Frameworks help make qualifications easier to understand and compare. They can also encourage countries to rethink and reform national policy and practice on skills, qualifications and lifelong learning. By offering information on qualifications through their databases and on certificates, diplomas and supplements, they are extending their outreach to stakeholders and the wider public, ultimately also beyond their borders.
National qualifications frameworks (NQFs) classify qualifications by level, based on learning outcomes. This classification reflects the content and profile of qualifications - that is, what the holder of a certificate or diploma is expected to know, understand, and be able to do. The learning outcomes approach also ensures that education and training sub-systems are open to one another. Thus, it allows people to move more easily between education and training institutions and sectors.
The main catalyst for the development of comprehensive national qualification frameworks in Europe has been the European qualifications framework for lifelong learning(EQF). 38 countries committed to the EQF are developing or implementing national qualifications frameworks mostly covering all levels and types of qualifications: the 27 Member States, Iceland, Liechtenstein, Norway, Switzerland, Albania, Bosnia and Herzegovina, Kosovo, North Macedonia, Montenegro, Serbia, Turkey.
The development of national qualifications frameworks in Europe also reflects the Bologna process and the agreement to implement qualifications frameworks in the European higher education area (QF-EHEA). All countries implementing the EQF are participating in this process.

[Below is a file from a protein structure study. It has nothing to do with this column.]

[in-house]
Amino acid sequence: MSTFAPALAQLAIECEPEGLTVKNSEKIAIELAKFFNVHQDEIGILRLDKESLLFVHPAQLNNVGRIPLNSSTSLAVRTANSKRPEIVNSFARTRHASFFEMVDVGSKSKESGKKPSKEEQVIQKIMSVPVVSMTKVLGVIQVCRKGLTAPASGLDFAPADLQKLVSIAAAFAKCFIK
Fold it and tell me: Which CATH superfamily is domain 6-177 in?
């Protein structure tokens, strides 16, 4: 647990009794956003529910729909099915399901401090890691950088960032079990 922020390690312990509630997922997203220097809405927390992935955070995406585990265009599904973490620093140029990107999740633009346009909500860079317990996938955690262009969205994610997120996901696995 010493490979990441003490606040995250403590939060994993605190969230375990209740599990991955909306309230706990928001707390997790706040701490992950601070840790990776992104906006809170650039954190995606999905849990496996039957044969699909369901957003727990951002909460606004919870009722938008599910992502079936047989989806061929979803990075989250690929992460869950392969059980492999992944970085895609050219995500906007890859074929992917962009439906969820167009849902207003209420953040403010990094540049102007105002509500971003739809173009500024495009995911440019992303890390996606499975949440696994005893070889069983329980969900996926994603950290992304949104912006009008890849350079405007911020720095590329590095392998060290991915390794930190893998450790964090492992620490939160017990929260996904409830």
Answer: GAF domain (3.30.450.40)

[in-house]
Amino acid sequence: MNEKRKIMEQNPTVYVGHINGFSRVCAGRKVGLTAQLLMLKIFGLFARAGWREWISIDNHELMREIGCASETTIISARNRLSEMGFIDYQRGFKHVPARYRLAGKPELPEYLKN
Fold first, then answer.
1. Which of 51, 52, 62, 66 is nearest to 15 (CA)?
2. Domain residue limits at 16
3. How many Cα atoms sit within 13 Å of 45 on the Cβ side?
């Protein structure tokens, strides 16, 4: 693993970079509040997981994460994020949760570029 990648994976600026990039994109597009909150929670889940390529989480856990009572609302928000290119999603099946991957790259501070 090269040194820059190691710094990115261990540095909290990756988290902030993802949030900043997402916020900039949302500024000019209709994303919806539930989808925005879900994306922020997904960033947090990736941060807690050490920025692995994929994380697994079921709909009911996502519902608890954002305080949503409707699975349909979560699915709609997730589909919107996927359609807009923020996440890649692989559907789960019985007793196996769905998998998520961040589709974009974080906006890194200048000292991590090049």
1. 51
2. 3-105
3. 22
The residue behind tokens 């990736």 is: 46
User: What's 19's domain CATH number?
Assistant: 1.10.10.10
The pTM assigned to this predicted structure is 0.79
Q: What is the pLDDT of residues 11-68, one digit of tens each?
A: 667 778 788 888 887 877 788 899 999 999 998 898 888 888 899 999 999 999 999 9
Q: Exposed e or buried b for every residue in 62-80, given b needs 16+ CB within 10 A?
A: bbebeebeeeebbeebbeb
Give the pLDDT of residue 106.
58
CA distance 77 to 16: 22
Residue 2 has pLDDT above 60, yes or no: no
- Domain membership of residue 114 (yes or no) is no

Overall progress by 2022
- 38 countries are cooperating on the EQF implementation. 27 EU Member States, EFTA countries (Iceland, Norway, Liechtenstein and Switzerland), EU candidate countries (Albania, North Macedonia, Montenegro, Serbia, and Turkey), and potential candidate countries (Bosnia and Herzegovina, Kosovo).
- 36 countries have formally linked (‘referenced’) their national qualification systems or frameworks to the EQF: Albania, Austria, Belgium (Flanders and Wallonia), Bulgaria, Croatia, Cyprus, Czechia, Denmark, Estonia, Finland, France, Germany, Greece, Hungary, Iceland, Ireland, Italy, Kosovo, Latvia, Lichtenstein, Lithuania, Luxembourg, Malta, Montenegro, the Netherlands, North Macedonia, Norway, Poland, Portugal, Romania, Serbia, Slovakia, Slovenia, Sweden, Switzerland and Turkey. Before the withdrawal of the United Kingdom from the EU, its qualifications frameworks were also referenced to the EQF.
- Eight countries have updated their referencing reports: Belgium (fl), Estonia, France, Ireland, Italy, Latvia, Malta and the Netherlands. Before the withdrawal of the United Kingdom from the EU, UK-England and Northern Ireland, UK-Scotland and UK-Wales also presented updated referencing reports to the EQF.
- 33 countries have started tagging their certificates and diplomas as well as qualifications in their databases with NQF and/or EQF levels. Progress has been more visible in VET than in general education. Some countries have set out to label with the NQF and EQF levels most of their new certificates and diplomas for NQF-registered qualifications (e.g. Denmark, Estonia, Malta, Poland and Slovenia).
- 37 countries have officially established or formally adopted their national qualifications frameworks (NQFs).
- 36 countries are working towards comprehensive NQFs covering all types and levels of qualification from formal education and training (VET, HE, general education); and increasingly opening towards non-regulated/private qualifications (e.g. Austria, Denmark, France, Netherlands, Poland, Slovenia, Sweden).